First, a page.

Characteristic Mid-Atlantic Wetland Type - Tidal Wetlands
Tidal wetlands occur at the land-ocean margin and their hydrology is driven by tides. They can be divided into three segments:
The dominant vegetation types in Atlantic coastal wetlands are grasses, such as cordgrass, and wildlife include minnows, mussels, crabs, and snails. Tidal wetlands vary in the salinity gradient they typically experience. Upstream freshwater flows may make a tidal wetland more fresh, whereas limited freshwater flows and greater tidal energy may make them more saline. Characteristic plants and animals vary with the salinity. Salty marshes support particular plant and animal communities adapted to high salinity, whereas brackish (a mix of salt and freshwater) and freshwater marshes typically support a wider range of species.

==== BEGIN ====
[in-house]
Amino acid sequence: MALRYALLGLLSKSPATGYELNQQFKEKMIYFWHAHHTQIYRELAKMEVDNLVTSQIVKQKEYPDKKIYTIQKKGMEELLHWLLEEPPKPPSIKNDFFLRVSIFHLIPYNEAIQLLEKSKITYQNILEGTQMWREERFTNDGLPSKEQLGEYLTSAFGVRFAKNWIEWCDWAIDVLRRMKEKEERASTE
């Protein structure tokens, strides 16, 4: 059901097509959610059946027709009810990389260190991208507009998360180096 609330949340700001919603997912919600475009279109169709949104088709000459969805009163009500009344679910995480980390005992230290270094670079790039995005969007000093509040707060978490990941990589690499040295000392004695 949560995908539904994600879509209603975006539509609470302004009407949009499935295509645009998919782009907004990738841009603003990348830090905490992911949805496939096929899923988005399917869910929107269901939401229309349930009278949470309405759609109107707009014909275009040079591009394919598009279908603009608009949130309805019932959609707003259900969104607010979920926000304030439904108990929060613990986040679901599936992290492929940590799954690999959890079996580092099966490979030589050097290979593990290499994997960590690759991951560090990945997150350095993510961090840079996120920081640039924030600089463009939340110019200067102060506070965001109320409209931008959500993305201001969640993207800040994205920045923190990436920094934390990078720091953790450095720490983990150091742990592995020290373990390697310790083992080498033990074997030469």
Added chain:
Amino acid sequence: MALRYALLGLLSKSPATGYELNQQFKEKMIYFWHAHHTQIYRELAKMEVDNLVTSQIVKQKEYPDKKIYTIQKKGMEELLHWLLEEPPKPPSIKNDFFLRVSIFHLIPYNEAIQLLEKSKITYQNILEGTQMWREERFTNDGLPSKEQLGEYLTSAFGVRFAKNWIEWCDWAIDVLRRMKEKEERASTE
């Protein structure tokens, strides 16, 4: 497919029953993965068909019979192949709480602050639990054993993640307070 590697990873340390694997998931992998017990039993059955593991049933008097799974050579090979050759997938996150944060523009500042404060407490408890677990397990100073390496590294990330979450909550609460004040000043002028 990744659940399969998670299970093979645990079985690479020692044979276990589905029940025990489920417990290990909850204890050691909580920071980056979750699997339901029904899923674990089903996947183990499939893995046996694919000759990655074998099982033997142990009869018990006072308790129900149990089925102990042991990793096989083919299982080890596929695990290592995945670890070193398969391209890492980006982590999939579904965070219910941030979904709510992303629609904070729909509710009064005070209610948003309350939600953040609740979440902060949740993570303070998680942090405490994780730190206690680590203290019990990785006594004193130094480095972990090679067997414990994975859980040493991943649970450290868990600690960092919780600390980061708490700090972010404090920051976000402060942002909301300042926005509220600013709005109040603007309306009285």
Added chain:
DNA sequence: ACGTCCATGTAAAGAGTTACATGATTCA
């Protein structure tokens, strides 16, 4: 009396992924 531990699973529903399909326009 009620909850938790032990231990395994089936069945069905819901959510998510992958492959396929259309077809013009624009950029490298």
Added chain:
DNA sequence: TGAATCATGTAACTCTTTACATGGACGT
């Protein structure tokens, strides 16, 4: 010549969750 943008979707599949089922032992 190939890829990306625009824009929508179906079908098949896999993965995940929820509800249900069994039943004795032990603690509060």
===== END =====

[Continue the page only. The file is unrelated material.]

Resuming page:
Characteristic Wetland Types for the Mid-Atlantic Region
Notable Wetland Sites in the Mid-Atlantic Region